The performances are almost uniformly superb, their naturalness enhanced by the fact that we’re hearing them in stylish spaces that don’t merely simulate Wilde’s settings. But I could see why critics might carp at the play and why companies might hesitate to stage it, despite its abundant wit and humanity. Secondary characters developed in rich detail in the opening acts seem to evaporate without any kind of resolution at the end. Once Wilde has employed them to sketch the milieu he satirizes, he appears to lose interest — very much to the playwright’s point in assessing the upper crust’s true worth, perhaps, but not terribly consoling to maybe eight of the actors who must idle away offstage until the final telling line before taking their bows.

Brianna Susan Smith and Chaz Pofahl are delightful as the priggish, controlling, and jealous Lady Caroline and her long-suffering husband, Sir John Pontefract, who does his mischievous utmost to earn milady’s jealousy whenever he can escape her clutches. But it’s toodle-oo to them all too soon. Same applies to the budding dalliances between Andrea King as Lady Stutfield and Luke Borgnis as the eligible MP, Mr. Kelvil.

On the other hand, the departure of Sidney Horton as the most officious and ceremonious Archdeacon Daubeny is most gratifying and cannot come too soon. Pam Coble Coffman as our hostess is even more wholesome, genial and blockheaded, yet she lingers like an infected sore well into Act 4 before we’re rid of her. The most absurd of the ladies are Smith as Lady Caroline and Shawnna Pledger as Mrs. Allonby, and certainly the vintage costumes supplied by Caroline Cook-Frers — owner of the Frock Shop — substantially enhances their pomposity.

But it’s Pledger who gets to joust with Illingworth as Allonby, providing a sexual edge and a guilty pleasure that the Illingworth-Arbuthnot confrontations don’t deliver. Grant Watkins has proven repeatedly over the past three years that he can be any kind of cad or libertine a script demands, but here as Lord Illingworth he also dons an aristocratic accent — and dress gloves — with panache, arguably surpassing even himself.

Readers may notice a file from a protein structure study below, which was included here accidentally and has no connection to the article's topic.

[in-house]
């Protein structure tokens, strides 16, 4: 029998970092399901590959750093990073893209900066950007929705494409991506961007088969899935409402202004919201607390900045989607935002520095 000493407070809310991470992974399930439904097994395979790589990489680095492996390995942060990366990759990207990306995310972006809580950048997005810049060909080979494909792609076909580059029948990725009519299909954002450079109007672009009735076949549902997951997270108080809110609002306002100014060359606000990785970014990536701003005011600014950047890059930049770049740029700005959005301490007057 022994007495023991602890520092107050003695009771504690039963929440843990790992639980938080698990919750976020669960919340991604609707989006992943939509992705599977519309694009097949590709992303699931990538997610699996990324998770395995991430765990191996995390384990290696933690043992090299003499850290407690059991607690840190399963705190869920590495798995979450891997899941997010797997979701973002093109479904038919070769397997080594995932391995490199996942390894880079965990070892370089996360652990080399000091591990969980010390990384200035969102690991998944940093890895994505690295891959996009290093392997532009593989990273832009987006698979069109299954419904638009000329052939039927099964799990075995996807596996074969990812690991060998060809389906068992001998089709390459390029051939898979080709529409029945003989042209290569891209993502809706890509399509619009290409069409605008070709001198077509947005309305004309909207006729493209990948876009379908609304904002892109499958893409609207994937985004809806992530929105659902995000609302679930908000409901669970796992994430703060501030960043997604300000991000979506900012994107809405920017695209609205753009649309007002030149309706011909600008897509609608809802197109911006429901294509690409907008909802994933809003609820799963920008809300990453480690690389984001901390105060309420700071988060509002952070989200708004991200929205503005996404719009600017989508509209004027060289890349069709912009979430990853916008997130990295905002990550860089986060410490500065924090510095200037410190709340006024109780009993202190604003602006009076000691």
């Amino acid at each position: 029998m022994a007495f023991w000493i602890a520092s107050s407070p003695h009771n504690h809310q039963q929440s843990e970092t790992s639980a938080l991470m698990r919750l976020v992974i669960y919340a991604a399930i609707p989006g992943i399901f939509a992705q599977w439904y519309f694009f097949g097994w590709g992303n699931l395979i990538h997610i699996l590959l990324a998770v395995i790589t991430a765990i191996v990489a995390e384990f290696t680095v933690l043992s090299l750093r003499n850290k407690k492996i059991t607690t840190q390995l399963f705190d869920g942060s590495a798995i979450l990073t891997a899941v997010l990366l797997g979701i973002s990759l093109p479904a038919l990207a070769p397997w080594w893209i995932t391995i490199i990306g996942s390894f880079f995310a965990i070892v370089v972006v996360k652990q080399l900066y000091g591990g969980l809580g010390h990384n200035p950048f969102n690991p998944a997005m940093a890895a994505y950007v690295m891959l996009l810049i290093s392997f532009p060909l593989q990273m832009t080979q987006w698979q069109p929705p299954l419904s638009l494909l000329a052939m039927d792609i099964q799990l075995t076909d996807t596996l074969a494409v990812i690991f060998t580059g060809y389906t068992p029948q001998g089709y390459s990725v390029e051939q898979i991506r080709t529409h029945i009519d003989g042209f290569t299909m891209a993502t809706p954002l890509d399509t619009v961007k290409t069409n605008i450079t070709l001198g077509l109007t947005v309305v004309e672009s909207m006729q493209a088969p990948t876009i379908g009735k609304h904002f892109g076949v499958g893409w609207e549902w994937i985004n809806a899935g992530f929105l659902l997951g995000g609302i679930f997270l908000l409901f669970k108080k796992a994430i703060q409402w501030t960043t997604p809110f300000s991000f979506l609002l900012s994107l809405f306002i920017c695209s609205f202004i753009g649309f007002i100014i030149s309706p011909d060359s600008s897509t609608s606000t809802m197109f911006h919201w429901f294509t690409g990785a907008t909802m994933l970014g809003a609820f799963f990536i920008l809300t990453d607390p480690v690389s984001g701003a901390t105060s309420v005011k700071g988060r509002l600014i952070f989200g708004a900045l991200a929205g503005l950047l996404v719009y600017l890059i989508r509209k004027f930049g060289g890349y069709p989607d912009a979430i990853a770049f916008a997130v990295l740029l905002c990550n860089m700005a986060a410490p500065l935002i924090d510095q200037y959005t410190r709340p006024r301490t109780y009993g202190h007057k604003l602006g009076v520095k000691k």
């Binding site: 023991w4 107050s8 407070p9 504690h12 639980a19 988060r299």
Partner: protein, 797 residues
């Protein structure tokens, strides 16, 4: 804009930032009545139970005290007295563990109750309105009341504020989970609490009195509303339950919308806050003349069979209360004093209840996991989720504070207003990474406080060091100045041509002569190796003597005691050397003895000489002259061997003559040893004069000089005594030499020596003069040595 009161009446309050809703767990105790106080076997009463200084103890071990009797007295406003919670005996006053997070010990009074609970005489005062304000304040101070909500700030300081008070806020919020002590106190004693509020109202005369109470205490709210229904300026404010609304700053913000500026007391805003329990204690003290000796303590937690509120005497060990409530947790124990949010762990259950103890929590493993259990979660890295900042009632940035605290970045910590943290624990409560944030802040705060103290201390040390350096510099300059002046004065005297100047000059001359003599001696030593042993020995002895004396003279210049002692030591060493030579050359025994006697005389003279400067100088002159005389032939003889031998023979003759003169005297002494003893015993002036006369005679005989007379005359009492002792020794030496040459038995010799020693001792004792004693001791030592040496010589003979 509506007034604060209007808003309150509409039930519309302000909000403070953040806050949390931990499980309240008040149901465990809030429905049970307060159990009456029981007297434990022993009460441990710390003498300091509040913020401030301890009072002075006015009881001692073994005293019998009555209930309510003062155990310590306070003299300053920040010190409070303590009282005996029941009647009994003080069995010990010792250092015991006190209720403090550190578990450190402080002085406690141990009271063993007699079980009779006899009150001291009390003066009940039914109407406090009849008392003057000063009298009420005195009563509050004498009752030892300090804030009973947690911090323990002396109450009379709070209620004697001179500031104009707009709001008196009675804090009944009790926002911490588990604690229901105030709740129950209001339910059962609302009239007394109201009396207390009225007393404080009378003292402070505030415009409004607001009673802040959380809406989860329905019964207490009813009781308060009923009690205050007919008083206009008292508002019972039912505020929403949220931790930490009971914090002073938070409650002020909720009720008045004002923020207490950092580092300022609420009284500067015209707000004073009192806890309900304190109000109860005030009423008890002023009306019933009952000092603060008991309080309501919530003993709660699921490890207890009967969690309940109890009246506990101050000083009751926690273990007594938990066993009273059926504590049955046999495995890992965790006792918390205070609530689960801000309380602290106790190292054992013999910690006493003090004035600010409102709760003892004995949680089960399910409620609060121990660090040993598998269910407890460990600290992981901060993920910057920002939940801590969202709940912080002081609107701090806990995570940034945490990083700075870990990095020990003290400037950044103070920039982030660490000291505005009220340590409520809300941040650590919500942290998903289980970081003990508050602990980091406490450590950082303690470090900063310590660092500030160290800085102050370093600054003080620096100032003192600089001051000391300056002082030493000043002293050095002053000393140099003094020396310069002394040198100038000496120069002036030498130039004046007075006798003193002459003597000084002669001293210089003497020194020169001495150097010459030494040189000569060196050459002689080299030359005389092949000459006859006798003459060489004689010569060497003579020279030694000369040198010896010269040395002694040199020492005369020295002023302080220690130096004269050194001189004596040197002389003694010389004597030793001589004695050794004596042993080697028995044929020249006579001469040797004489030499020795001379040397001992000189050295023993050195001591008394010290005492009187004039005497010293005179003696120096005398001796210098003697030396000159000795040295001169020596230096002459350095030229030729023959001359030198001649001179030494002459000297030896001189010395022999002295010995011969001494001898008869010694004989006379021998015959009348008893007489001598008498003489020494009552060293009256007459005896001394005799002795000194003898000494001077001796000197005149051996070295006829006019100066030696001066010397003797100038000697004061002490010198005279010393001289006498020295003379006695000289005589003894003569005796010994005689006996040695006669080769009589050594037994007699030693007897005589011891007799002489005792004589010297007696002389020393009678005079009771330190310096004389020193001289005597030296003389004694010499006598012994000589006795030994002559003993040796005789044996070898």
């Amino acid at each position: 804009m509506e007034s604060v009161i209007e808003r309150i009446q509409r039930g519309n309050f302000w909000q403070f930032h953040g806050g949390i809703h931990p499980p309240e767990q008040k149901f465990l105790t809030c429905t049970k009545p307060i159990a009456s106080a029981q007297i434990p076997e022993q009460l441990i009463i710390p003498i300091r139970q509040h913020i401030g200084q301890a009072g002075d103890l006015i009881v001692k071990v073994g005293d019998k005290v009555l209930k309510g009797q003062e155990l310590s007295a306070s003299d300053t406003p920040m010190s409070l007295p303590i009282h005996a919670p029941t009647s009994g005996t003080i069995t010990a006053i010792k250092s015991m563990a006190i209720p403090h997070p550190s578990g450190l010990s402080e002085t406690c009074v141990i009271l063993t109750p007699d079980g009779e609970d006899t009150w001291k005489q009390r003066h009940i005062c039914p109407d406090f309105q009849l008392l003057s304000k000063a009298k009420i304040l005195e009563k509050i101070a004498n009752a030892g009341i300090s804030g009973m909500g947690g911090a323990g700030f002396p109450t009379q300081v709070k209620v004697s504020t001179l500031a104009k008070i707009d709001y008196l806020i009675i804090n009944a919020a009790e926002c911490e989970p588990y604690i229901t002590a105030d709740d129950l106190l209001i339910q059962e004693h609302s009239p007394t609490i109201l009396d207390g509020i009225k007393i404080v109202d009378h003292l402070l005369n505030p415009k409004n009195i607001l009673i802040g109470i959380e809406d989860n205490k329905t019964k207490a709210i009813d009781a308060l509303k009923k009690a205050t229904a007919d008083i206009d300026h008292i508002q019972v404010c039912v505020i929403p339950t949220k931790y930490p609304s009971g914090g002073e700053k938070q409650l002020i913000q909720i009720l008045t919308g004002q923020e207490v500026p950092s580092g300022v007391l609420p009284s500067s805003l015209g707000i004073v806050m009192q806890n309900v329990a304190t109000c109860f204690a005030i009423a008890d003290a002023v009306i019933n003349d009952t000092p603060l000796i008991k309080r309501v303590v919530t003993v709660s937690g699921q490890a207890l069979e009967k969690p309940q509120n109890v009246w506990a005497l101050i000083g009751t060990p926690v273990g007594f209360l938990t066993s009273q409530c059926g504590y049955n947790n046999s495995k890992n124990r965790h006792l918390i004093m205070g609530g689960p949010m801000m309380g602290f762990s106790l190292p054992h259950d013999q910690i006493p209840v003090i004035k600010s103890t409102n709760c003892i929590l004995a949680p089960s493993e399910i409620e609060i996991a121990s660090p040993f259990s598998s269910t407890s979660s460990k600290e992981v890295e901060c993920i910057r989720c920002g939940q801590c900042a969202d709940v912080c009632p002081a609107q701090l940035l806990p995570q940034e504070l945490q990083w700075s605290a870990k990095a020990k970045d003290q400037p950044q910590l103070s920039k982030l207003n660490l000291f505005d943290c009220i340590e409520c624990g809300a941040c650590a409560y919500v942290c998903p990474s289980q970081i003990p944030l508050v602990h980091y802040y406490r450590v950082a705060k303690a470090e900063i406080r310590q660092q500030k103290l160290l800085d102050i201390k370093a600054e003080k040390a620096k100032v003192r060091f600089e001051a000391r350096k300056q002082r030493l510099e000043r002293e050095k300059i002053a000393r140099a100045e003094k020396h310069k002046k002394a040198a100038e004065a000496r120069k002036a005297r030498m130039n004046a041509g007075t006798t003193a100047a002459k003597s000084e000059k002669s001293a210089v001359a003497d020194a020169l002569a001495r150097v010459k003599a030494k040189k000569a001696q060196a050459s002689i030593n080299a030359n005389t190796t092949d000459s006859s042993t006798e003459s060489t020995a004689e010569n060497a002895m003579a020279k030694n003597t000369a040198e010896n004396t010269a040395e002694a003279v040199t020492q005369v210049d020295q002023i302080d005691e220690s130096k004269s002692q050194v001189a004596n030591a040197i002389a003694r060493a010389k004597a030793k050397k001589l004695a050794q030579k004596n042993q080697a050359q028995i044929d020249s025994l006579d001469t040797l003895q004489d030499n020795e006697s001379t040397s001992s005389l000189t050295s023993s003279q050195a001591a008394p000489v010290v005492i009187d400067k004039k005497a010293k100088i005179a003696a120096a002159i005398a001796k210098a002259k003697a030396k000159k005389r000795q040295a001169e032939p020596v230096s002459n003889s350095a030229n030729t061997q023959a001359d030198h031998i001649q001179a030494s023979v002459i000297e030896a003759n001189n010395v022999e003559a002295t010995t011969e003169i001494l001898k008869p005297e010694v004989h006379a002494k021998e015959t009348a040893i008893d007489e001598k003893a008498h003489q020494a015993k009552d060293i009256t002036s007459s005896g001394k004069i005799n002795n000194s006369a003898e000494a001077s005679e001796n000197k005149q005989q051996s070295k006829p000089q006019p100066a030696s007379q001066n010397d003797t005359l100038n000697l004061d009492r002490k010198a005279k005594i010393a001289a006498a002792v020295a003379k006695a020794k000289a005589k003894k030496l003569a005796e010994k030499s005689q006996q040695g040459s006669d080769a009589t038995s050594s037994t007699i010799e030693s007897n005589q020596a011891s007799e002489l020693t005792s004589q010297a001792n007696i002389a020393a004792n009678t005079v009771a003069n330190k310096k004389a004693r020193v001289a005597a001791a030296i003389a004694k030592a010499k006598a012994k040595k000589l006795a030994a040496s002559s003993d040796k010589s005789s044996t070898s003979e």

In her maiden outing as a director, Kim Parati is nearly as successful with the virtuous folk as the baddies. Her only mistake is with Frances Dell Bendert as Mrs. Arbuthnot, apparently a film actress to the bone. Bendert completely conquered her interiorizing tendencies until we reached her heart-to-heart talk with her son Gerald in Act 4, when instinct took over and she was inaudible to those of us further back than the first row. Placing mother and son further apart probably would have goaded Bendert to pump up the volume, but the denouement with Illingworth was yet to come, where Bendert was as perfect as Watkins. The timing of their climactic clash was breathtaking.

After star turns at Children’s Theatre this spring, Katy in Lilly’s Purple Plastic Purse and Chester in Jackie & Me, Katy and Chester Shepherd clicked predictably as Hester and Gerald in lovebird roles that could easily grow stale in less vibrant hands.

They aren’t the center of attention by any means, but considering all that Mrs. Arbuthnot has sacrificed in the past — and all she is still ready to sacrifice — they become the heart of her story. Trading ripostes with Allonby, Katy gives us our first inkling of how strong and courageous women can be. Volleyed back and forth between his parents during the middle acts, Chester is particularly effective in underscoring how important No Importance truly is.